If you intend to read the whole series, start with either this book or The Hunt for Red October. The first book is Without Remorse, but is set far earlier than the other seven and is not strictly needed. The correct order - since I get asked so often - is Without remorse, Patriot Games, Hunt for Red October, Cardinal of Kremlin, Clear and Present Danger, Sum of All fears (a truly superb book!), Debt of Honour, Exectutive Orders.
Enjoy!
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8 of 10 people found the following review helpful By A Customer on 14 Jan. 2003
Format: Paperback
On vacation in London, Jack Ryan stops a terrorist attack by the Ulster Liberation Army on the Prince and Princess of Wales and their infant son. When the leader of the attack escapes from custody, Ryan and his family become targets. To defend them, Ryan goes to see his old friends at the C.I.A. and tells them he wants back in. The climax of the book is another attack on the terrorists at Ryan's own home where the Prince and Princess are dinner guests. "Patriot Games" is an atypical Tom Clancy novel in that is the Jack Ryan book least reliant on cutting edge technology, dealing more with the consequences of Jack's choices for his family and his career.
In is interesting to read this 1987 book knowing that filming it turned Tom Clancy against selling the movie rights of his books to Hollywood (although apparently the powers that be can have their own way with the Jack Ryan character). The problem, of course, was the final scene. In the film, Harrison Ford's character kills Sean Miller at the end of an exciting fistfight on a speeding boat. In the book, Jack Ryan does not shoot his gun at the fatal moment so that he can tell his newborn son, "Your father isn't a murderer." Clancy's conservative inclinations are well known, but forcing him into a fascist stereotype really misses the point, especially when it tries to make his hero some sort of a reactionary.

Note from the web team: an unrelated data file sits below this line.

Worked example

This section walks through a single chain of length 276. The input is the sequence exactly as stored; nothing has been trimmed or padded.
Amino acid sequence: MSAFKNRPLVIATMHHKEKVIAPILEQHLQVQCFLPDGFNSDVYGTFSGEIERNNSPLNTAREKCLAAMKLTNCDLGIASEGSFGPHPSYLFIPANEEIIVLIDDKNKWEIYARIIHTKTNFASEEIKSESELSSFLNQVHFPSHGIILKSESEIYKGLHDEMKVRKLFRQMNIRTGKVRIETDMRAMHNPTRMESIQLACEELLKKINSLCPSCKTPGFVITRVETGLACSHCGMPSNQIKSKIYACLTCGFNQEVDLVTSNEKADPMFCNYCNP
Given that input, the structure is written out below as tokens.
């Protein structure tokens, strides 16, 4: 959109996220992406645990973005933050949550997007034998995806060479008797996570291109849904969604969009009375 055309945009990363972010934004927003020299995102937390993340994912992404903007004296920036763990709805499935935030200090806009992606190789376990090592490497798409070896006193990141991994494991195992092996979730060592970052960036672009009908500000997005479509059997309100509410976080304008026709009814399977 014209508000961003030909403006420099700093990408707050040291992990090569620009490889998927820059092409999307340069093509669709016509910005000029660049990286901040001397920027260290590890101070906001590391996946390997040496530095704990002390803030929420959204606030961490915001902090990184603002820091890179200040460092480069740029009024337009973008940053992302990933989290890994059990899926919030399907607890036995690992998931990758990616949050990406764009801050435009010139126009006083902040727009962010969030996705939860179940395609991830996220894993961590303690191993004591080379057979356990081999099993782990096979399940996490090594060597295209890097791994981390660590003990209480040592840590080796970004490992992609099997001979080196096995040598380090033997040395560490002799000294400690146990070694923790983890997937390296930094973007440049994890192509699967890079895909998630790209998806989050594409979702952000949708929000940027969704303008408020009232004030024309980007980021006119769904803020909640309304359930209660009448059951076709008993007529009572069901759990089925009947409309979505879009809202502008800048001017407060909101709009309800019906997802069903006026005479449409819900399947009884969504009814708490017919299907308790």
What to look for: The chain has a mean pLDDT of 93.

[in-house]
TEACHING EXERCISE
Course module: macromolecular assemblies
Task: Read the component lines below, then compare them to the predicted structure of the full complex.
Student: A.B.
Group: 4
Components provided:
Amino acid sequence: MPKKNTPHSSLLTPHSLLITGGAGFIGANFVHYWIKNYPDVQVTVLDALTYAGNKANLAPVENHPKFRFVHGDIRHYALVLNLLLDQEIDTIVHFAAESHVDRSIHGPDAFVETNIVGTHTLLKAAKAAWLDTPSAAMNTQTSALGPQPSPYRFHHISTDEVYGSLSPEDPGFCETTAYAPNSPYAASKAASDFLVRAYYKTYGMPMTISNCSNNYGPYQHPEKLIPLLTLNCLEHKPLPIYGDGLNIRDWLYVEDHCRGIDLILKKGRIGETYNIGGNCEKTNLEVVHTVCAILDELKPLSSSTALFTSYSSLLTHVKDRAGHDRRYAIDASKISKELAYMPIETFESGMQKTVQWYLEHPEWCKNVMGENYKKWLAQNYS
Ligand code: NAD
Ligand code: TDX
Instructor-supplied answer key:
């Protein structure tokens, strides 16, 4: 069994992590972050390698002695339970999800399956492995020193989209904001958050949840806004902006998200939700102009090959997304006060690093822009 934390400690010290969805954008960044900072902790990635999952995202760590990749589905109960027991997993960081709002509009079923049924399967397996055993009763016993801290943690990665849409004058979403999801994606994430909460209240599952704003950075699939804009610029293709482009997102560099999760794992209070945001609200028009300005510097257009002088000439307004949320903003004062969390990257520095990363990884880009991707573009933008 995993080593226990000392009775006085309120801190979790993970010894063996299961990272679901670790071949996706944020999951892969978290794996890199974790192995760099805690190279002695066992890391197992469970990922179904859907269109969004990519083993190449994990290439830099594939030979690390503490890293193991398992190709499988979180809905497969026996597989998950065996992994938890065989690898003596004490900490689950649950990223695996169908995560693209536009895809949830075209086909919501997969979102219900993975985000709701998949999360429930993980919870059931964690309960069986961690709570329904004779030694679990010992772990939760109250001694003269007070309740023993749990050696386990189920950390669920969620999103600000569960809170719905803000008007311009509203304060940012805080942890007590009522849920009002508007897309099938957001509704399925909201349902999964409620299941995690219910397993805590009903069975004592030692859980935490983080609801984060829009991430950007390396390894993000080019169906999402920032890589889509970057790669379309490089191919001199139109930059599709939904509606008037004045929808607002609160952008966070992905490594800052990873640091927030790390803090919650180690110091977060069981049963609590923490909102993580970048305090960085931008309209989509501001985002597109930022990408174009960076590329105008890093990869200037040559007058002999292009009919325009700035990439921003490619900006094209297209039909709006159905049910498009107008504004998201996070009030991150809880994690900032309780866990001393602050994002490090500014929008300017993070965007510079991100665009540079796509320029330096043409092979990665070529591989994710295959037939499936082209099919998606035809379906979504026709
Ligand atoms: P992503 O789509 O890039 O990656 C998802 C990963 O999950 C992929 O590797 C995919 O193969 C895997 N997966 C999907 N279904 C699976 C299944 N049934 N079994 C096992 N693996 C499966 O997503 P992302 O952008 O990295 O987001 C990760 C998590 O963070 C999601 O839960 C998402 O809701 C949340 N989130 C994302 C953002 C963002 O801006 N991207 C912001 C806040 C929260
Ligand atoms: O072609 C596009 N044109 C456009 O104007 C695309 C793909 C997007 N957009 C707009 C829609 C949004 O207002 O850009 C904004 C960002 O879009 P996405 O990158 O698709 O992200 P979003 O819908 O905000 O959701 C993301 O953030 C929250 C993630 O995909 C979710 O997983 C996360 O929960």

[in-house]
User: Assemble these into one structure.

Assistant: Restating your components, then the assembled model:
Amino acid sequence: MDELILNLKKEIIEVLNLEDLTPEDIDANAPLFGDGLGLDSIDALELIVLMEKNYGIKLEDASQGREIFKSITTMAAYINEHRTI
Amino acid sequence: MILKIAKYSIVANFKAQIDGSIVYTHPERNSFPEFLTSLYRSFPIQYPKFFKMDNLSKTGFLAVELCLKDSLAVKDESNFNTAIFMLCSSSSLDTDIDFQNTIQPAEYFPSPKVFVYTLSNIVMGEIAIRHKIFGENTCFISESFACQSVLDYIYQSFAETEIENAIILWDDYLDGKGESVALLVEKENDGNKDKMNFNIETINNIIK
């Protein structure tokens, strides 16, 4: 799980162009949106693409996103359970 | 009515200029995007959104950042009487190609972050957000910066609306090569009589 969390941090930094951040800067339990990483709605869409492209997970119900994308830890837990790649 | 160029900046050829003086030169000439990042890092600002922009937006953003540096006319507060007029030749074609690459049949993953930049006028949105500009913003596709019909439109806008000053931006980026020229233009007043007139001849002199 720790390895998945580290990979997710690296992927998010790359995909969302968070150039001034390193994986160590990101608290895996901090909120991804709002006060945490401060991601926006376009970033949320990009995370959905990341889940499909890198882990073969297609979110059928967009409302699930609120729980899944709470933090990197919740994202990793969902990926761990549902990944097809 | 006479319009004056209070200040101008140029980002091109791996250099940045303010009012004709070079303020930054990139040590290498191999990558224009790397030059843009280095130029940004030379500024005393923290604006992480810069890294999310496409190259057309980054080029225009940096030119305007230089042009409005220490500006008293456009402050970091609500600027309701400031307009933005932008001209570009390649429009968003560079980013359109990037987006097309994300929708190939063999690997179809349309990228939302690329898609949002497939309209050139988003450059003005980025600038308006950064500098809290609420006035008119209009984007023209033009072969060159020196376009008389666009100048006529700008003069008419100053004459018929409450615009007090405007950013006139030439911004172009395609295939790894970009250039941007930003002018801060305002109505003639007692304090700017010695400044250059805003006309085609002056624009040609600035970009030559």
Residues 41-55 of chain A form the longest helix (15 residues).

"Patriot Games" takes back several years before the events described in "The Hunt for Red October," where the Sir John Ryan backstory is certainly alluded to at a couple of points.
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8 of 10 people found the following review helpful By A Customer on 22 Aug. 2000
Format: Paperback
"Ryan was nearly killed twice in half an hour"
As soon as the reader reads this first sentence of this book, he or she knows that she will not be able to put the book down until the last assassination has failed.
When Jack Ryan, a history teacher from America, foils a plan to kidnap the "Prince of Wales", he immediately becomes the number one target of the terrorists he foils.
The terrorists then follow him back to the US to plot their revenge. The last of these schemes leading to a mouth-watering climax.
Of all of the Clancy books I have read, this one is one for the beginner as well as the seasoned veteran
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Format: Paperback
Really good - I'm going back and re-reading all of Clancy's novels (up to The Bear and the Dragon - they quickly became worse than bad after that one). Another fast paced Clancy book. All of his books up to The Bear and the Dragon are great reads, and this is no exception. The first one in the Jack Ryan series chronologically (The Hunt for Red October was written first) this is typical Clancy - a great, fast paced read with excellent action. It also suffers from the often clunky dialogue the habit for the different characters to speak in the same way. But overall an excellent read.